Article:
On the one hand, the Cat looks like a blackface minstrel figure. Lots of visual tells, including some I never would have noticed: how much he is portrayed with his mouth wide open. Even the way he has so many kids – Little Cats – in The Cat And The Hat Comes Back. On the other hand, its anti-blackface insofar as instead of a black face, white body, we have a black body and white face. That does interfere with the reading, visually. Also:

People don’t see the blackface ancestry of the Cat for the same reason that they don’t see the blackface ancestry of Bugs Bunny, Mickey Mouse, or the Scarecrow. These images are so embedded in the culture that their racialized origins have become invisible. As Robin Bernstein says, “when a racial argument is effectively countered in adult culture, the argument often flows stealthily into children’s culture [where] the argument appears racially innocent. This appearance of innocence provides a cover under which otherwise discredited racial ideology survives and continues, covertly, to influence culture.” This is why contemporary readers don’t see the Cat in the Hat’s racialized ancestry, and why he is able to be read as White.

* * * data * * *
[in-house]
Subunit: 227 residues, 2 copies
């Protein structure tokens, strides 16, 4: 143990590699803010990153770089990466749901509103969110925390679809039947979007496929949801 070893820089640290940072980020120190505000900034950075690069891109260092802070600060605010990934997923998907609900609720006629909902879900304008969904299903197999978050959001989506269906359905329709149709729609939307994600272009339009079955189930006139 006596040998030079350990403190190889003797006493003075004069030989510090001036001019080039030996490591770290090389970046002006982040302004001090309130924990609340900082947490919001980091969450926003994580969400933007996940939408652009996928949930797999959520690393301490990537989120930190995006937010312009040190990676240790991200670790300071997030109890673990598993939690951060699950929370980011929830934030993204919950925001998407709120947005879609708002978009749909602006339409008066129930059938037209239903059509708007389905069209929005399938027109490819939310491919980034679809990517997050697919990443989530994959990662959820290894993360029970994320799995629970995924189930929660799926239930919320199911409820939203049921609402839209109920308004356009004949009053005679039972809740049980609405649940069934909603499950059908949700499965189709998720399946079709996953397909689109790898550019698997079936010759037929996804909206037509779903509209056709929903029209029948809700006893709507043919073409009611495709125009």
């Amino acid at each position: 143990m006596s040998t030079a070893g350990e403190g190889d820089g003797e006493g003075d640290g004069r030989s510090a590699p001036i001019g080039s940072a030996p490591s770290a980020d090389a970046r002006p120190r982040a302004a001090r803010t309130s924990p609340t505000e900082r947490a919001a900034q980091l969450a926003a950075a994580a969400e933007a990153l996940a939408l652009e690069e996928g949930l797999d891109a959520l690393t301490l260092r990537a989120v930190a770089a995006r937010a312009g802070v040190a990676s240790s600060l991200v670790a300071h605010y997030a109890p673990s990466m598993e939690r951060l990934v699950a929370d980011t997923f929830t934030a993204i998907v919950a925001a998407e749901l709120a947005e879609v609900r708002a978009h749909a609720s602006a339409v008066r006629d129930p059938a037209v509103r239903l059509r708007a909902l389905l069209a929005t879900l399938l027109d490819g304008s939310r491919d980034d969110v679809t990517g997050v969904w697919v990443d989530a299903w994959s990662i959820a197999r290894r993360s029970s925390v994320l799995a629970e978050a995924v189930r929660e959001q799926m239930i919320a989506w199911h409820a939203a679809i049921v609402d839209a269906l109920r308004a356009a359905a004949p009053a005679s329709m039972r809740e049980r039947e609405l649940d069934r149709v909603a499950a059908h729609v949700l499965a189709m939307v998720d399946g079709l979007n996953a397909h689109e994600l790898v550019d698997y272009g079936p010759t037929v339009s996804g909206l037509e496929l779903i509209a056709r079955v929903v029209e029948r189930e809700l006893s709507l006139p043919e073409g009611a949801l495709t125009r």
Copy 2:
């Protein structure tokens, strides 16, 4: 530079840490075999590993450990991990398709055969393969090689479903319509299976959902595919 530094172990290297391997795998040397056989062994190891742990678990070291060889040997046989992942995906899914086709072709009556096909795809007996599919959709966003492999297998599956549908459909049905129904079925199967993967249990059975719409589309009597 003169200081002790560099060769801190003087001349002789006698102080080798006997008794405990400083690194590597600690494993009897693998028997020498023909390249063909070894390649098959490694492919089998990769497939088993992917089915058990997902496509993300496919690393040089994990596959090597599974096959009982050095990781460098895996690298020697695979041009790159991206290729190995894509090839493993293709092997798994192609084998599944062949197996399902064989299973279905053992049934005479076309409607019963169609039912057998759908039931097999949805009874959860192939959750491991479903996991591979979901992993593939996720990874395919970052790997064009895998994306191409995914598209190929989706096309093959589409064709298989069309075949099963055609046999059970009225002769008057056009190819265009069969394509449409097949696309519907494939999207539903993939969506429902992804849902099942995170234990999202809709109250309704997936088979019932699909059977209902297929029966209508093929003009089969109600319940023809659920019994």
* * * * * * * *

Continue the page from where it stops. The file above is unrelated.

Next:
The problem: what’s ‘the argument’ that is alleged to flow, in its original course, but now underground? The Cat is transgressive and foolish-wise, promising mother won’t mind stuff she will, in fact, mind. If the argument is just there’s something attractive about transgression, that argument actually is racially innocent. If the argument is still racist – African-Americans are by nature threats to social order – that does depend on the Cat reading as black.